Holi, also known as Dhuli in Sanskrit, has probably come to your attention via photos on the web that have been shared in the past, if you’ve seen it, you’ll know it. It’s like a Technicolor explosion of costumes and jewelry topped off by colored, perfumed powders that the celebrants throw all over each other. I mean, true beautiful celebratory chaotic bliss…
Bonfires are lit on the eve of the festival, also known as Holika Dahan (or the burning of Holika – hang on for that mythos). After doing lighting the fire prayers are said and thanks and praises are offered.
The bonfires memorialize the miraculous feats that the mythic young Prahlada pulled off. He was poisoned, but the poison turned to nectar in his mouth. He was ordered to be trampled by elephants yet remained unharmed. He was put in a room with hungry, poisonous snakes and survived. All attempts to kill Prahlada failed. Reminds me of Rasputin; a little bit like Daniel in the lion’s den.
Finally, he was made to sit on a pyre on the lap of his demoness sister, Holika, who could not die because she had a boon (love that word) which would prevent fire from burning her. Prahlada submitted, and then prayed to Vishnu. When the fire started, everyone watched in amazement as Holika burnt to death, while Prahlada survived unharmed (Shadrach, Mesach and Abednego); this burning of Holika is celebrated as Holi.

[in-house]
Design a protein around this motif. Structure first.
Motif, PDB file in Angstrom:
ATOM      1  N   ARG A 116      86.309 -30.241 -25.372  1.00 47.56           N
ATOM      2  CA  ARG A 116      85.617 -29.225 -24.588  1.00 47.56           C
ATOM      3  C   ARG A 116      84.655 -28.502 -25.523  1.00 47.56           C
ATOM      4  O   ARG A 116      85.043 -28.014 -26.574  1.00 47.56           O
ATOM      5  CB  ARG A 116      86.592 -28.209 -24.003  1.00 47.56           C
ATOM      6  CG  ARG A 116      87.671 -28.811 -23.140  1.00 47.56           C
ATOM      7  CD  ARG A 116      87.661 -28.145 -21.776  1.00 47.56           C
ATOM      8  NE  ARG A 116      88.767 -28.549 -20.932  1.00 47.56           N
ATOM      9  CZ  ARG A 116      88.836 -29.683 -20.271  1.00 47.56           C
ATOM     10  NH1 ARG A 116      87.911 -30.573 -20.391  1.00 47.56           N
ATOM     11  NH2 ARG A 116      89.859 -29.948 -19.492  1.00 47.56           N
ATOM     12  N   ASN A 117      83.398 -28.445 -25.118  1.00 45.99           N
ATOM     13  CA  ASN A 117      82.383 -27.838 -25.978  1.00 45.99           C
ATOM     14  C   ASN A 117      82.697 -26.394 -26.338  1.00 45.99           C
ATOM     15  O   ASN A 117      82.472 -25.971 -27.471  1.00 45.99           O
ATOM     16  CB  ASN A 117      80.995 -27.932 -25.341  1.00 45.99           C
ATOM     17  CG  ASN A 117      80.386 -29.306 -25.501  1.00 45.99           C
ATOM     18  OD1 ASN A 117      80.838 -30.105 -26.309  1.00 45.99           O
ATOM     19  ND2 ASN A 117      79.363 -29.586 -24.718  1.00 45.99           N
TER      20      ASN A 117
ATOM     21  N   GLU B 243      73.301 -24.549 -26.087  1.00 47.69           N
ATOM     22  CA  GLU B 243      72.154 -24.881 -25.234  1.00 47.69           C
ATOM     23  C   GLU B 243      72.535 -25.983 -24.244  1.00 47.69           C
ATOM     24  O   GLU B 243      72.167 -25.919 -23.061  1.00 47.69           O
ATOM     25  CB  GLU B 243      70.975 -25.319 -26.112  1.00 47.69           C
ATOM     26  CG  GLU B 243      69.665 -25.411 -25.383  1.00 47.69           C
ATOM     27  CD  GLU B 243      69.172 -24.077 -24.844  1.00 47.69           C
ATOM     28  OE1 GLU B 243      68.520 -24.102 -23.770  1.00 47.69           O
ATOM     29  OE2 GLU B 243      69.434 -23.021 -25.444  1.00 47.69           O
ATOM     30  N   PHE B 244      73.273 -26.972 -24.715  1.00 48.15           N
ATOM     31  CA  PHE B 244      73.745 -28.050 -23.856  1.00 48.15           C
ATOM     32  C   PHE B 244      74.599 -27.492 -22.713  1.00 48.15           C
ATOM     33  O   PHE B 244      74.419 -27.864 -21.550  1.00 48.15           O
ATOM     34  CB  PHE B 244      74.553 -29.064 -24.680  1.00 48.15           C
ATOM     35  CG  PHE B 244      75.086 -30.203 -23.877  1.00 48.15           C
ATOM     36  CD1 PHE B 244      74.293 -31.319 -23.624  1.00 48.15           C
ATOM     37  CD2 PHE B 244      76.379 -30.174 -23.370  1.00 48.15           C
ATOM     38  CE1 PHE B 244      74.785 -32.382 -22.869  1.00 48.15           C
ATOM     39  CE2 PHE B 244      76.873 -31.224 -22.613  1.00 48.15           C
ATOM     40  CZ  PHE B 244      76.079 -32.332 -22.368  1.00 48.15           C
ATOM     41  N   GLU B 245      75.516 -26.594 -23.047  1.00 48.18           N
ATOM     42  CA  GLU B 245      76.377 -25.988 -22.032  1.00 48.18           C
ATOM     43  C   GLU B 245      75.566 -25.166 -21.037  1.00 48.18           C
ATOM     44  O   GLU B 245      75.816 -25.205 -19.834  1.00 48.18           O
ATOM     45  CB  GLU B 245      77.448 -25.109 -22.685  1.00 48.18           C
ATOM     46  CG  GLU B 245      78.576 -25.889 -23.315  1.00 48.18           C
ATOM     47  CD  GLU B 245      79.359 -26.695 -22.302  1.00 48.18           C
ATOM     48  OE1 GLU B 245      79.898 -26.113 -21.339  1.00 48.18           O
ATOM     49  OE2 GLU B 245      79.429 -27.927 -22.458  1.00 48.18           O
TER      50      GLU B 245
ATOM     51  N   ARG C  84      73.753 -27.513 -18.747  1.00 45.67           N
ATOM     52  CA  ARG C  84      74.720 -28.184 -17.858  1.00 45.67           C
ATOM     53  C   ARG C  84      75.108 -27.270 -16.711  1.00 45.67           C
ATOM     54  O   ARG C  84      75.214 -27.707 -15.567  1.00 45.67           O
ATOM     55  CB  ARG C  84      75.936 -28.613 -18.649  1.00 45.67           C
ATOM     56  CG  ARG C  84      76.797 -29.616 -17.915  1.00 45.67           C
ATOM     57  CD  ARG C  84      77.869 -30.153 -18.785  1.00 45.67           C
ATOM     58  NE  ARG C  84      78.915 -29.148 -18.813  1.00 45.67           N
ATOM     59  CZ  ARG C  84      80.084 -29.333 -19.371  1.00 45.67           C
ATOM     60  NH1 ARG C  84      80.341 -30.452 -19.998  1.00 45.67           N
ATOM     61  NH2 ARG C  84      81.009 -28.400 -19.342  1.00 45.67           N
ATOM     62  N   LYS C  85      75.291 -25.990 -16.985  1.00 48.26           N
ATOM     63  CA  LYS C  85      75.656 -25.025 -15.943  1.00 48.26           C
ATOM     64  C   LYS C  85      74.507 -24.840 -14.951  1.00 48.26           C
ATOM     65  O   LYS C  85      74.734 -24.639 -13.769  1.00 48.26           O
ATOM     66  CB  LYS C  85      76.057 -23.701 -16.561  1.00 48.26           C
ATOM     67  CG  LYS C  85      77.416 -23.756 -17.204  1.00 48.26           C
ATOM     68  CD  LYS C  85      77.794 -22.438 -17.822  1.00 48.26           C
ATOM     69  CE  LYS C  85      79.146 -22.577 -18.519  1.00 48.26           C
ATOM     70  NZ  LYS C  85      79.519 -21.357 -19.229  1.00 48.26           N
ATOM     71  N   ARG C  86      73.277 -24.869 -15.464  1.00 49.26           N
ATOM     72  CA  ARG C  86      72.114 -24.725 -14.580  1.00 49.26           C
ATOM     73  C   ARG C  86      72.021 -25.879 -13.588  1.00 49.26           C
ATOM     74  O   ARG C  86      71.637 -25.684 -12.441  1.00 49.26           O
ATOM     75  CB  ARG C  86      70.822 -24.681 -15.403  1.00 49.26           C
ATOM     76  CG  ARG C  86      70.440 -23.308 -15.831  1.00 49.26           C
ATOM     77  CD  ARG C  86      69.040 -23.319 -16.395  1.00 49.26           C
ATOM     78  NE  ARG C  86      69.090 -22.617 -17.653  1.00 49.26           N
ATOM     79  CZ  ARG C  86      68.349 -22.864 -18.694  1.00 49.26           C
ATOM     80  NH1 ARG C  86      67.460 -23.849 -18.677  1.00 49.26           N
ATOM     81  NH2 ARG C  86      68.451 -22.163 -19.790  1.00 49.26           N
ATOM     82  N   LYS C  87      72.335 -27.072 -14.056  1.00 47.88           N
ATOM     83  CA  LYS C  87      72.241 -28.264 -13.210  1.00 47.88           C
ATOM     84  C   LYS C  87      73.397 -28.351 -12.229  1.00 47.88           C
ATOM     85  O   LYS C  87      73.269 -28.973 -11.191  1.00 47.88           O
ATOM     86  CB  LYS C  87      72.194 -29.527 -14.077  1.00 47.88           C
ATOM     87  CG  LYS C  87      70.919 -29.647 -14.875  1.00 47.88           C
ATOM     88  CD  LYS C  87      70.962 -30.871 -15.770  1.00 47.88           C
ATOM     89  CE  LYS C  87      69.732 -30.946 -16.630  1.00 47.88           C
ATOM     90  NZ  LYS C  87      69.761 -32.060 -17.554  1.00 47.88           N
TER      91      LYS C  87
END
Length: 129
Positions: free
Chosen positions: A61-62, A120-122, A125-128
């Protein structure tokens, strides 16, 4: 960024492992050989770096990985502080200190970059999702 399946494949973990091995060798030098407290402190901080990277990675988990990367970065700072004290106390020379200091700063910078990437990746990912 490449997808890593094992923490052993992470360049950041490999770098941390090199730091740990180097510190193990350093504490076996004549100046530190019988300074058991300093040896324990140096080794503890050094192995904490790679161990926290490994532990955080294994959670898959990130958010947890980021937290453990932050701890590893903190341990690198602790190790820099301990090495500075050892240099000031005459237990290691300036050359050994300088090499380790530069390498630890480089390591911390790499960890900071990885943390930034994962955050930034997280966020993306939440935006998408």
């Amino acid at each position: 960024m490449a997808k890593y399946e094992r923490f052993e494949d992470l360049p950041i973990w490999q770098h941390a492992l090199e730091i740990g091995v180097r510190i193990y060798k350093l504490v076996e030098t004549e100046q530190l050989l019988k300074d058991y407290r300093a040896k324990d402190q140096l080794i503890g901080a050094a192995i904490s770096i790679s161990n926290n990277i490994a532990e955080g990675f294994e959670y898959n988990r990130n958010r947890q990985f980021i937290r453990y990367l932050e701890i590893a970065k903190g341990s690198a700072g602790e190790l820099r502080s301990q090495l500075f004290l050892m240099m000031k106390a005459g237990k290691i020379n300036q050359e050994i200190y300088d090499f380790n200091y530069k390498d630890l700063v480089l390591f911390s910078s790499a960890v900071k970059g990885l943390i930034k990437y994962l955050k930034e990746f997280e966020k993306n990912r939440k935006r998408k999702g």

It’s the end of the winter’s harshness (this is a Northern Hindu festival, not so common in the South). It’s the return of life and the promise of regeneration. It’s a celebration of triumph through steadfastness, and it appears to be a rocking good time where folks of many different backgrounds all drop the traditional societal norms and intermingle more freely and celebrate together.
Why do Westerners dye eggs (fertility) bright colors to celebrate the return to life at this time of the year? We all need cause to celebrate, and the lunar and solar circles are part of the thread that has been woven since at least when our ancestors started standing rocks on ends and marking shadows and finding the wheel days.
It’s important to make time out of time, where the rules of who interacts with who can be broke, where joy and lightheartedness can be experienced in the midst of this very real struggle that many call living. So, really, make it a Holi day, celebrate and give thanks and praise. And if you’ve got it, throw perfumed colored powder all over willing recipients!
We’re not here for a long time; make sure it’s a good time!